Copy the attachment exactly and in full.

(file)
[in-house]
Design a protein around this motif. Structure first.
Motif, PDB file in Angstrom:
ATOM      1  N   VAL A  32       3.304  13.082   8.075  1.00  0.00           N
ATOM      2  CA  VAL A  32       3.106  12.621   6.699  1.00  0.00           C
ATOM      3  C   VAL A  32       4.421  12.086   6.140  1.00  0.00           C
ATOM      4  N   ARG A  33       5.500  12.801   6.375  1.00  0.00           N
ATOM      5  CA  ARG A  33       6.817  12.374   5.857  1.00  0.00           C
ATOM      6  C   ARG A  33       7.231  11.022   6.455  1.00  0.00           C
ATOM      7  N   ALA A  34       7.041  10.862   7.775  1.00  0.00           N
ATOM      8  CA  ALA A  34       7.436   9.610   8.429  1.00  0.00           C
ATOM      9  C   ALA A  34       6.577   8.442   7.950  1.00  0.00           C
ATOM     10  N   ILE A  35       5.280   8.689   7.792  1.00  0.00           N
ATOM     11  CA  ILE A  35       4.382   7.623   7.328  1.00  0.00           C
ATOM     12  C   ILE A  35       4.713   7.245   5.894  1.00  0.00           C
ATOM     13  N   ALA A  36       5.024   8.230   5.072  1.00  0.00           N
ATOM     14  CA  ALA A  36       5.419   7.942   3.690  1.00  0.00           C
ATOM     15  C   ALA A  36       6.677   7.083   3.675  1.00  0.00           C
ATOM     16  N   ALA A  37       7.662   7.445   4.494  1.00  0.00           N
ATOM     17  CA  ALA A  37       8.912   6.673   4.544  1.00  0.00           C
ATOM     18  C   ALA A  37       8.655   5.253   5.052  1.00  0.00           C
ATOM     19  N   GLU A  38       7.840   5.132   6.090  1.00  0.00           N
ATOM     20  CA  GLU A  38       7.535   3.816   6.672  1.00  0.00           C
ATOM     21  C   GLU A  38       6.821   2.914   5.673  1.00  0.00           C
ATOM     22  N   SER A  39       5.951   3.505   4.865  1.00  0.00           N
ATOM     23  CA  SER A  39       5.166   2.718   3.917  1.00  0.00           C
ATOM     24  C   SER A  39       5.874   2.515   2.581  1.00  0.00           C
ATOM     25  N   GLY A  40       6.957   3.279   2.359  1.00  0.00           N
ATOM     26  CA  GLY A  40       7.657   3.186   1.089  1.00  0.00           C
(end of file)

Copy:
[in-house]
Design a protein around this motif. Structure first.
Motif, PDB file in Angstrom:
ATOM      1  N   VAL A  32       3.304  13.082   8.075  1.00  0.00           N
ATOM      2  CA  VAL A  32       3.106  12.621   6.699  1.00  0.00           C
ATOM      3  C   VAL A  32       4.421  12.086   6.140  1.00  0.00           C
ATOM      4  N   ARG A  33       5.500  12.801   6.375  1.00  0.00           N
ATOM      5  CA  ARG A  33       6.817  12.374   5.857  1.00  0.00           C
ATOM      6  C   ARG A  33       7.231  11.022   6.455  1.00  0.00           C
ATOM      7  N   ALA A  34       7.041  10.862   7.775  1.00  0.00           N
ATOM      8  CA  ALA A  34       7.436   9.610   8.429  1.00  0.00           C
ATOM      9  C   ALA A  34       6.577   8.442   7.950  1.00  0.00           C
ATOM     10  N   ILE A  35       5.280   8.689   7.792  1.00  0.00           N
ATOM     11  CA  ILE A  35       4.382   7.623   7.328  1.00  0.00           C
ATOM     12  C   ILE A  35       4.713   7.245   5.894  1.00  0.00           C
ATOM     13  N   ALA A  36       5.024   8.230   5.072  1.00  0.00           N
ATOM     14  CA  ALA A  36       5.419   7.942   3.690  1.00  0.00           C
ATOM     15  C   ALA A  36       6.677   7.083   3.675  1.00  0.00           C
ATOM     16  N   ALA A  37       7.662   7.445   4.494  1.00  0.00           N
ATOM     17  CA  ALA A  37       8.912   6.673   4.544  1.00  0.00           C
ATOM     18  C   ALA A  37       8.655   5.253   5.052  1.00  0.00           C
ATOM     19  N   GLU A  38       7.840   5.132   6.090  1.00  0.00           N
ATOM     20  CA  GLU A  38       7.535   3.816   6.672  1.00  0.00           C
ATOM     21  C   GLU A  38       6.821   2.914   5.673  1.00  0.00           C
ATOM     22  N   SER A  39       5.951   3.505   4.865  1.00  0.00           N
ATOM     23  CA  SER A  39       5.166   2.718   3.917  1.00  0.00           C
ATOM     24  C   SER A  39       5.874   2.515   2.581  1.00  0.00           C
ATOM     25  N   GLY A  40       6.957   3.279   2.359  1.00  0.00           N
ATOM     26  CA  GLY A  40       7.657   3.186   1.089  1.00  0.00           C